I've been filling in for a fellow Borderstan contributor who writes an Urban Etiquette column every couple of weeks. The first column I wrote was a re-purposed Seat Hogs (one of my personal favorite posts), and this week I wrote about people who ride their bicycles on the sidewalk.
I've found writing this column both enrages and empowers me. I was especially excited when my editors, before publishing this last one, warned me that cyclists despise being talked about and I would surely get a rainstorm of nasty comments. I was so ready to take them on (nothing can be worse than the comment war of New Year's Eve 2009).
The day it was to be posted I could barely focus on my work I was so giddy. At noon, when it posted, I braced myself for the barrage of comments. I got one. And it wasn't even mean. In fact, it was disappointingly civilized, bordering on classy. Provocative writer I am not, but I'm working on it. And please, if you have a gripe, tell me about it and let me be your voice to the people! ("I think I may be the voice of my generation. Or at least a voice. Of a generation.")
And now, here's my un-comments-war-worthy post:
Bicyclers…we need to talk.
I know everyone and their tourist mother have complained about people riding their bicycles on the sidewalk,
but I want my voice to be heard as well. As a fellow bicycler, as well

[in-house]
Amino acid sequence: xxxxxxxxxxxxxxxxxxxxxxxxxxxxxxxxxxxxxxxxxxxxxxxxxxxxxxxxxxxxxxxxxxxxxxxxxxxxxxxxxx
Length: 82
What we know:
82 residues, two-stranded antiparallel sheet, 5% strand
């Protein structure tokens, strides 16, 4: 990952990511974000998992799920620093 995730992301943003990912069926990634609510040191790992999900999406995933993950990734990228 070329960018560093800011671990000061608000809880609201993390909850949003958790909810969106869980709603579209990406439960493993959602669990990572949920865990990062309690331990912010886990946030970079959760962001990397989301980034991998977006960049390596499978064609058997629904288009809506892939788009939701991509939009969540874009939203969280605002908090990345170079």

as pedestrian and driver, I feel I have a unique point of view on the
I’ll admit, when I first moved to D.C., I rode my bike on sidewalks.
Ever the goodie goodie, I did my due diligence and researched bike laws,
which state that I can legally ride my bike on the sidewalk outside of
the central business district, defined as 2nd Street NE and SE, D Street
SE and SW, 14th Street SW and NW, Constitution Avenue NW, 23rd Street
NW and Massachusetts Avenue NW.
Since it was legal in most places, I thought the responsible thing to
do was ride on the sidewalk, the safer place to be versus the scary
streets with the road ragers and hardcore cyclists whose shoes clip into
their pedals. I ignored the scowls from pedestrians and rang my bell
happily to let them know I was behind them and that they should get out
of the way.
I was wrong (and not just about that annoying bell).
Turns out the streets are the much safer place to be when you’re on
something with wheels — except a wheelchair, people in wheelchairs can
go wherever they want and the rest of us can deal with it. Drivers are
used to going around slow or stopped vehicles, and enough people ride
bicycles that drivers have learned to share the roads.
When I’m driving it’s an inconvenience, for sure, to get stuck behind
a cyclist, but I much prefer that to being a cyclist stuck behind
pedestrians. It’s the safer and easier alternative, and you will avoid
having random people develop rage anger against you, as I did the other
day when a cyclist almost hit me on the sidewalk and then had the nerve to say, “Watch where you’re going!”
Of course he was gone before I could do anything more than shake my
fist at him, which is why I wanted to take this opportunity to remind
you not to be inconsiderate and keep your bike on the street.
That also goes for Segways… don’t even get me started.